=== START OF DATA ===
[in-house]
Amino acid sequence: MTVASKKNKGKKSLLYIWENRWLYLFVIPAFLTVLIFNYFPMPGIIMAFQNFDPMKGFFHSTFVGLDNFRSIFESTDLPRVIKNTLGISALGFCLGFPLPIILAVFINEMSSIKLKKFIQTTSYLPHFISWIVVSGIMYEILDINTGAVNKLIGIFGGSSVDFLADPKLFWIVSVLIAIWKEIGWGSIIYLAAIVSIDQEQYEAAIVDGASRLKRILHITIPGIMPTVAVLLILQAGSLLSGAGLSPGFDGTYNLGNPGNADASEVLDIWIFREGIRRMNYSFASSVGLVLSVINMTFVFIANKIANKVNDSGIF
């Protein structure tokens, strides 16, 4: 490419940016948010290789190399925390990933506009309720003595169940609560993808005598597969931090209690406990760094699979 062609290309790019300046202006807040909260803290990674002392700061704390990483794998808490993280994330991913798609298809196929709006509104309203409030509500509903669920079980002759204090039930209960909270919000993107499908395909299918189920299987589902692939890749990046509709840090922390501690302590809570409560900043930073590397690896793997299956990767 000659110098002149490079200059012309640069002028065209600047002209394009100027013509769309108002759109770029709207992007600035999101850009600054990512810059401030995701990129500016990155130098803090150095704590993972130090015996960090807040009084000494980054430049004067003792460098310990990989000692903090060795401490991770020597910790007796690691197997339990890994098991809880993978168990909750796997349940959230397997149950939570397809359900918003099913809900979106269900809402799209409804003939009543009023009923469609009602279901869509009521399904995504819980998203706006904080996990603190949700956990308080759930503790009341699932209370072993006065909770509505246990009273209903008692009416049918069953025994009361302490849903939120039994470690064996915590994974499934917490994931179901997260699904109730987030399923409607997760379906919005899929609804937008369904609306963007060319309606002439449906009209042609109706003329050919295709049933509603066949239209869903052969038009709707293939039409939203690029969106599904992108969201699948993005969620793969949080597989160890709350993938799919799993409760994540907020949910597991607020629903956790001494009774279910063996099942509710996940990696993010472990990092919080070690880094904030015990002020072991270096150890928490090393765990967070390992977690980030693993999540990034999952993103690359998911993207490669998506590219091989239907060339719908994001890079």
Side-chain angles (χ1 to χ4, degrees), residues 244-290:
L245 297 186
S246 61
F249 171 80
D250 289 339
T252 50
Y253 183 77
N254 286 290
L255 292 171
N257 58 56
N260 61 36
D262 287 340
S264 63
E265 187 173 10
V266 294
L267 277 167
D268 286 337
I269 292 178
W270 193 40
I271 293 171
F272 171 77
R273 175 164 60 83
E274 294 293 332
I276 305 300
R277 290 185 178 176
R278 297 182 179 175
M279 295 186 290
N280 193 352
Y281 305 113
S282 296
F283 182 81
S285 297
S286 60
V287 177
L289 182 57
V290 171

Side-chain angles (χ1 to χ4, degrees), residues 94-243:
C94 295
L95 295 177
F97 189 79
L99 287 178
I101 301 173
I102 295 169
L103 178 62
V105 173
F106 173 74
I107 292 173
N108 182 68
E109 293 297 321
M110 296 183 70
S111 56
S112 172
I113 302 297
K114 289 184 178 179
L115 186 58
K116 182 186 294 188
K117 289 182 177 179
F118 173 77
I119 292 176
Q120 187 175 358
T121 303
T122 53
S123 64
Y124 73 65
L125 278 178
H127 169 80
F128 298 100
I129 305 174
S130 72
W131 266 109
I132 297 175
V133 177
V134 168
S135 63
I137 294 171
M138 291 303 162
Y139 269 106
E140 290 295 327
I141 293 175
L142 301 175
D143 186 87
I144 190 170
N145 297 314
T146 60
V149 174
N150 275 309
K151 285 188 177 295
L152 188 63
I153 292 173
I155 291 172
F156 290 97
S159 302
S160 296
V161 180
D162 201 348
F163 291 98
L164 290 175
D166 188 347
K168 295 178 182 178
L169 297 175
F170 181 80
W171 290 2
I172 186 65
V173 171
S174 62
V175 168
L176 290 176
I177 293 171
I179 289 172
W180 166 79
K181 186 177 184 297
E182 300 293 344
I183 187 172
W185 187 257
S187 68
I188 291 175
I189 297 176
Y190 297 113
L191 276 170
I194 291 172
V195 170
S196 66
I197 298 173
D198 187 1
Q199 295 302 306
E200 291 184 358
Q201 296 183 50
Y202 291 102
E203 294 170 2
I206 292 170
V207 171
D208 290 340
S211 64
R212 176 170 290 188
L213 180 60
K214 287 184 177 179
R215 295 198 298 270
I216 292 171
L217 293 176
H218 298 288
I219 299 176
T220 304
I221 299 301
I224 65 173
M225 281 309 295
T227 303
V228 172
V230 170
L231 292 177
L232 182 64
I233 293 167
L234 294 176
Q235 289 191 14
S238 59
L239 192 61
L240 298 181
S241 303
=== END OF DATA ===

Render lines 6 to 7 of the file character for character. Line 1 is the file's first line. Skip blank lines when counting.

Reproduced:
S246 61
F249 171 80